The trustees of OW Bunker's contentious subsidiary Dynamic Oil Trading in Singapore are working intensely to have local bunker supplier Tankoil Marine Services declared bankrupt, lawyer Pernille Bigaard of law firm Plesner and trustee of the bankrupt OW Bunker estate, tells ShippingWatch.
The alignment between Dynamic Oil Trading (DOT) and Tankoil Marine Services in Singapore has cost OW Bunker upwards of an estimated USD 150 million through the enormous credits provided by the OW subsidiary to the local bunker supplier.
"We've been to Singapore and have spoken to the trustees of Dynamic Oil Trading, with whom we're collaborating, and we know that they're working to have Tankoil declared bankrupt," says Pernille Bigaard.
As trustee of the Danish bankrupt estate she has no influence on the Singapore-registered subsidiary as it belongs to a different legal jurisdiction, but the estate in Denmark has a massive claim against Dynamic Oil Trading in line with other creditors holding receivables in the company.
"We are of course very interested in shedding some light on the relationship between Dynamic Oil Trading and Tankoil, but that won't happen until Tankoil is declared bankrupt. The important thing for us is to find out what happened in Singapore - and we won't know this until we can get the trustees from our Singapore company (OW Bunker Far East) into Tankoil, or get other trustees that we can ask."
Until the establishment of Dynamic Oil Trading in the fall of 2012, Tankoil Marine Services was a very minor supplier of fuel for ships, but Tankoil grew in record time to become one of the biggest players in Singapore, the world's biggest bunker port, because the OW Bunker company provided Tankoil with enormous credits, and the latter was also used as a physical supplier to boost OW Bunker's revenue.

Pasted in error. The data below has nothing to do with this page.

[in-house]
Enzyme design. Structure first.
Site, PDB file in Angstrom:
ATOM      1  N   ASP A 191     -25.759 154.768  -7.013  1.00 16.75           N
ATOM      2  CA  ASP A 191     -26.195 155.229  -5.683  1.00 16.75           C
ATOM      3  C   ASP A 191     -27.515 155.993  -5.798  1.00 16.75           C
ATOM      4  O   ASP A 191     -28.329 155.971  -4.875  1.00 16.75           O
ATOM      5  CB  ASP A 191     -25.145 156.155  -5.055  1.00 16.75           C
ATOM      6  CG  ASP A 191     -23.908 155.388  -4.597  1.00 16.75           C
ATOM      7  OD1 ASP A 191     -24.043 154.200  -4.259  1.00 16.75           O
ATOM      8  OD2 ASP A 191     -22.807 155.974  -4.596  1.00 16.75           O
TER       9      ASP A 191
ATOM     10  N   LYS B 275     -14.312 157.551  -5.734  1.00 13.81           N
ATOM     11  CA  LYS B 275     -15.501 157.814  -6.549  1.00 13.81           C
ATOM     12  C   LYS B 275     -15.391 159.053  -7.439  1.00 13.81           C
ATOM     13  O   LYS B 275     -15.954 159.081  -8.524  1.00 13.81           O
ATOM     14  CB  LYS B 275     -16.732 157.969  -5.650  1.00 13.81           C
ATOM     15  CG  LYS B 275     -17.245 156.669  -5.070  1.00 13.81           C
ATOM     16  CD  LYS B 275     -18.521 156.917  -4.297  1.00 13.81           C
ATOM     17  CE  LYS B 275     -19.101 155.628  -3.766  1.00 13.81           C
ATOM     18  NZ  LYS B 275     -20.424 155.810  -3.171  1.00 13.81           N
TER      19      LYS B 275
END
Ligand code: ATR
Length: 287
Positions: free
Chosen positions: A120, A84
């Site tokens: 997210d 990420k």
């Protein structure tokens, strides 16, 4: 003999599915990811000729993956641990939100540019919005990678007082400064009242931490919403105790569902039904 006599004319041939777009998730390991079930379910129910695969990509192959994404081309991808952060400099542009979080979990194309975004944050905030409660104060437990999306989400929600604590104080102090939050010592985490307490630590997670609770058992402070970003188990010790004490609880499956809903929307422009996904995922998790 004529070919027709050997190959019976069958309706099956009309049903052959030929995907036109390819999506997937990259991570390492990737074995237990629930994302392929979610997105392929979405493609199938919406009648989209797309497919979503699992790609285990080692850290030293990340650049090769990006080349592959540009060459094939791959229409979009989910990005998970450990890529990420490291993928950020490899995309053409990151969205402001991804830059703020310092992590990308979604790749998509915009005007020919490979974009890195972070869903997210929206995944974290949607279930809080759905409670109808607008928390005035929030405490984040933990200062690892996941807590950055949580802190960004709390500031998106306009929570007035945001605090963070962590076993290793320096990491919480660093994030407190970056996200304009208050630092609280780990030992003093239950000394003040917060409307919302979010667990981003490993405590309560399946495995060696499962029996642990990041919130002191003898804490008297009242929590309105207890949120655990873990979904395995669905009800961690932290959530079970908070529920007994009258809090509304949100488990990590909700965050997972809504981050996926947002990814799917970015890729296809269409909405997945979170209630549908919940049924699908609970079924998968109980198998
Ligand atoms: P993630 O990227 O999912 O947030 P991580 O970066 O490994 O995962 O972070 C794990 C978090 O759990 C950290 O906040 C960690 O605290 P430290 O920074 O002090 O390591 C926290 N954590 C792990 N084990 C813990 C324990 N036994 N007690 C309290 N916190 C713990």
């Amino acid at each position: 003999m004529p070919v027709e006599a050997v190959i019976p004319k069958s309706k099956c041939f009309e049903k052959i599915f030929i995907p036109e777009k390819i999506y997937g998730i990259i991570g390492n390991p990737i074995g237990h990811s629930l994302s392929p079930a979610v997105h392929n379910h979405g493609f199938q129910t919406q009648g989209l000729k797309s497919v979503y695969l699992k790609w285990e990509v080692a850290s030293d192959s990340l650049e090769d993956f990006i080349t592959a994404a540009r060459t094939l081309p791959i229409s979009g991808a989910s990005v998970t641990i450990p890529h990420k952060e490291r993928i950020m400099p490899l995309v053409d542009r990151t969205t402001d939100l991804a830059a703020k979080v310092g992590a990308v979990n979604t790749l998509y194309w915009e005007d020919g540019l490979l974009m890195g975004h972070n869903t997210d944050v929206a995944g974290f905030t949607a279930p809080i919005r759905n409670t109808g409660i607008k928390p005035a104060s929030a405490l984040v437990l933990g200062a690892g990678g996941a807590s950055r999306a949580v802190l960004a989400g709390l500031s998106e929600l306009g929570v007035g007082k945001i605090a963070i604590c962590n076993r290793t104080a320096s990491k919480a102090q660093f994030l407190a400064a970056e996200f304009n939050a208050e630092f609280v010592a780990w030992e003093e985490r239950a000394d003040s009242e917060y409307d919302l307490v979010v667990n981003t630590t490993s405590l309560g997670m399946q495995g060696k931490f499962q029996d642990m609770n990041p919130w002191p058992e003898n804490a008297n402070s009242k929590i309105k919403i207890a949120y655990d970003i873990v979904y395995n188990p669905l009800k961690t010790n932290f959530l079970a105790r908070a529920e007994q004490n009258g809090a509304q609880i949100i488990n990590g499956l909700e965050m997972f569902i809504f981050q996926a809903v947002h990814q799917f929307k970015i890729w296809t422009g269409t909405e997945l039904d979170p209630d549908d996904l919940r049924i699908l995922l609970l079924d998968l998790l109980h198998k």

Since the former management of OW Bunker under dramatic circumstances filed for bankruptcy in early November following losses in Dynamic Oil Trading of USD 125 million as well as USD 150 million in losses stemming from speculative oil contracts amassed by the company's headquarters in Denmark, Dynamic Oil Trading (DOT) and the company's collaboration with Chinese-headed Tankoil has been shrouded in mystery - for the Danish trustees as well.
DOT CEO Lars Møller, who is today seen as the key person responsible for the surprising deficit in DOT that led to the collapse of OW Bunker in early November, said the following about the new Singapore company in an interview with ShippingWatch back in the fall of 2012:
"There are numerous reasons why we've decided to do it in this way. We believe we can develop a very strong organization that goes back to the very roots of the bunker industry, and that there's a niche for a company that enjoys a solid reputation throughout the entire supply chain," said Lars Møller, who did not hide the fact that DOT was based on a "fairly aggressive growth plan."
The big mystery
When Altor tried - in vain - to divest OW Bunker in March 2013, Singapore subsidiary Dynamic Oil Trading was presented as a booming growth enterprise, but the company was completely absent from the IPO prospective on the basis of which 20,000 investors purchased shares a year later.
"It's a mystery where all the oil went that was sold to Tankoil. The company has not paid for the oil, but the question is whether the oil has been sold on by either Tankoil or others, who might have failed to settle the bill. We don't know yet, but we're focusing on it and hopefully we'll know more about this within the next few weeks. But there's no doubt that we're talking almost unfathomable amounts of oil in this case, though what's happened to it and where the money's gone, we don't know," Pernille Bigaard told (photo) ShippingWatch recently.